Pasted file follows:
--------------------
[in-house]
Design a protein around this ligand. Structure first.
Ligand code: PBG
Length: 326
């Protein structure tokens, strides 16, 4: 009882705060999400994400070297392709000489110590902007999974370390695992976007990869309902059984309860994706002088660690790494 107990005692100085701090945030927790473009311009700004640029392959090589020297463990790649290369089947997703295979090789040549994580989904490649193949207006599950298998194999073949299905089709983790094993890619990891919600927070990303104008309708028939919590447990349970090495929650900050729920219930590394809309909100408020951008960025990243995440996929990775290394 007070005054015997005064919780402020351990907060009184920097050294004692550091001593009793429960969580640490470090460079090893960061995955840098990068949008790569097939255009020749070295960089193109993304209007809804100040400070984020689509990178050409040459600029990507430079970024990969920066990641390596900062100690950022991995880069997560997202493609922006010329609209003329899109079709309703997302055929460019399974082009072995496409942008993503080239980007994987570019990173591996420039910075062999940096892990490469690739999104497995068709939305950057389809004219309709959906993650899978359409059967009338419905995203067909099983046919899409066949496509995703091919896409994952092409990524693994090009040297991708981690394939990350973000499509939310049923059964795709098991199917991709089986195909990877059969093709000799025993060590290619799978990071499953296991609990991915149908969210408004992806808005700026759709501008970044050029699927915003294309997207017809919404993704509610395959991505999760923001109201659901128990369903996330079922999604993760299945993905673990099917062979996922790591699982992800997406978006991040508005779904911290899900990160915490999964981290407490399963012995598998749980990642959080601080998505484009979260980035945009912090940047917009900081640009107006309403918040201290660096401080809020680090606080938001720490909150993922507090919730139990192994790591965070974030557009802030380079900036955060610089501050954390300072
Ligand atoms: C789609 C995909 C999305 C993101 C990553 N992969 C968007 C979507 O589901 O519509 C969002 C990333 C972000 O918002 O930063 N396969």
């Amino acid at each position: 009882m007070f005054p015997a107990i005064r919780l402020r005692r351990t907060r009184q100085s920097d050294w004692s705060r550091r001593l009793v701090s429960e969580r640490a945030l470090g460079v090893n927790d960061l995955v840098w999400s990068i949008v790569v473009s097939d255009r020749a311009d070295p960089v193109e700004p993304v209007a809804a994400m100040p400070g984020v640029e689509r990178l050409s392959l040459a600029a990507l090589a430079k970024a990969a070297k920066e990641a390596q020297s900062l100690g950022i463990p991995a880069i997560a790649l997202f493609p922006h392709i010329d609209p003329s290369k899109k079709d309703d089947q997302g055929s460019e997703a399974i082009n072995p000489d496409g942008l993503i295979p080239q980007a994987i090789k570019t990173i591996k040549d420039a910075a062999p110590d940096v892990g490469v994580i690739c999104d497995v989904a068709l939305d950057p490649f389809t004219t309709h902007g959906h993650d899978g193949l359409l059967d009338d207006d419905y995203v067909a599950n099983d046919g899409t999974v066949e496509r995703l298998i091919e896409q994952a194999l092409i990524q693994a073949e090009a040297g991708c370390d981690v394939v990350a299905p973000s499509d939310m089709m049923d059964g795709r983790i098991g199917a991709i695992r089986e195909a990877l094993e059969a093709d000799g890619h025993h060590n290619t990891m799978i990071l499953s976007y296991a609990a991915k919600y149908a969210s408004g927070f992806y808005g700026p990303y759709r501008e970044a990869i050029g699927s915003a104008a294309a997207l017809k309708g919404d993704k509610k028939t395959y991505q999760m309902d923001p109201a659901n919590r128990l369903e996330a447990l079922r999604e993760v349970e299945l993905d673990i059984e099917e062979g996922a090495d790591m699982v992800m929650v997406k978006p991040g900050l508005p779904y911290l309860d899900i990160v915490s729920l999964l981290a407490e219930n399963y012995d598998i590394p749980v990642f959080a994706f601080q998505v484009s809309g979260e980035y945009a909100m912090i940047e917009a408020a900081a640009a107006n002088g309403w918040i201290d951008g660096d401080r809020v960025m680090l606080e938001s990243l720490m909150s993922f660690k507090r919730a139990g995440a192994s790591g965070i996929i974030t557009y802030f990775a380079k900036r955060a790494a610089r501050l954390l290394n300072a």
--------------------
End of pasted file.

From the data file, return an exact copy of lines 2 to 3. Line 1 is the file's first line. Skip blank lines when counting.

Design a protein around this ligand. Structure first.
Ligand code: PBG